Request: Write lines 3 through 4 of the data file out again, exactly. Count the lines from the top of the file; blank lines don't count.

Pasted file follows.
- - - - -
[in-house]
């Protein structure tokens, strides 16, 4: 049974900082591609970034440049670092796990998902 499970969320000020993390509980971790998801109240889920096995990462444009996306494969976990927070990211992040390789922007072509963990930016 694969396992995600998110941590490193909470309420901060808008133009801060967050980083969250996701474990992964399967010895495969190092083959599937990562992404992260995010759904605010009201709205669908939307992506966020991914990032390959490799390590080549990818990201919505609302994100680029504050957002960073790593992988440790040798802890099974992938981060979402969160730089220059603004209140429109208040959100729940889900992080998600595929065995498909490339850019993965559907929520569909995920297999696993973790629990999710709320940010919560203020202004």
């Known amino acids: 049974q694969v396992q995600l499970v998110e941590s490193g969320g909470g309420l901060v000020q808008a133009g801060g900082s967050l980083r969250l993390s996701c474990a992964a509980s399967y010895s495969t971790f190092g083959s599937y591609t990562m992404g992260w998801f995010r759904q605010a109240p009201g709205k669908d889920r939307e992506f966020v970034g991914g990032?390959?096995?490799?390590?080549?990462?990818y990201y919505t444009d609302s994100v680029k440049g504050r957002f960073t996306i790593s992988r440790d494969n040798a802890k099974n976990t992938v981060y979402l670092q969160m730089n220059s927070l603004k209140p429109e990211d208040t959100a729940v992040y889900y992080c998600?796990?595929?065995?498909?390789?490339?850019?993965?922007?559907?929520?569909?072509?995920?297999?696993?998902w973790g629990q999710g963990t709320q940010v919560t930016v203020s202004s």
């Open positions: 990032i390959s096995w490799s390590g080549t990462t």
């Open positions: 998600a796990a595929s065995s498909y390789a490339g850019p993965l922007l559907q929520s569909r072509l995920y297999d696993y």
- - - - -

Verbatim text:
């Known amino acids: 049974q694969v396992q995600l499970v998110e941590s490193g969320g909470g309420l901060v000020q808008a133009g801060g900082s967050l980083r969250l993390s996701c474990a992964a509980s399967y010895s495969t971790f190092g083959s599937y591609t990562m992404g992260w998801f995010r759904q605010a109240p009201g709205k669908d889920r939307e992506f966020v970034g991914g990032?390959?096995?490799?390590?080549?990462?990818y990201y919505t444009d609302s994100v680029k440049g504050r957002f960073t996306i790593s992988r440790d494969n040798a802890k099974n976990t992938v981060y979402l670092q969160m730089n220059s927070l603004k209140p429109e990211d208040t959100a729940v992040y889900y992080c998600?796990?595929?065995?498909?390789?490339?850019?993965?922007?559907?929520?569909?072509?995920?297999?696993?998902w973790g629990q999710g963990t709320q940010v919560t930016v203020s202004s």
């Open positions: 990032i390959s096995w490799s390590g080549t990462t």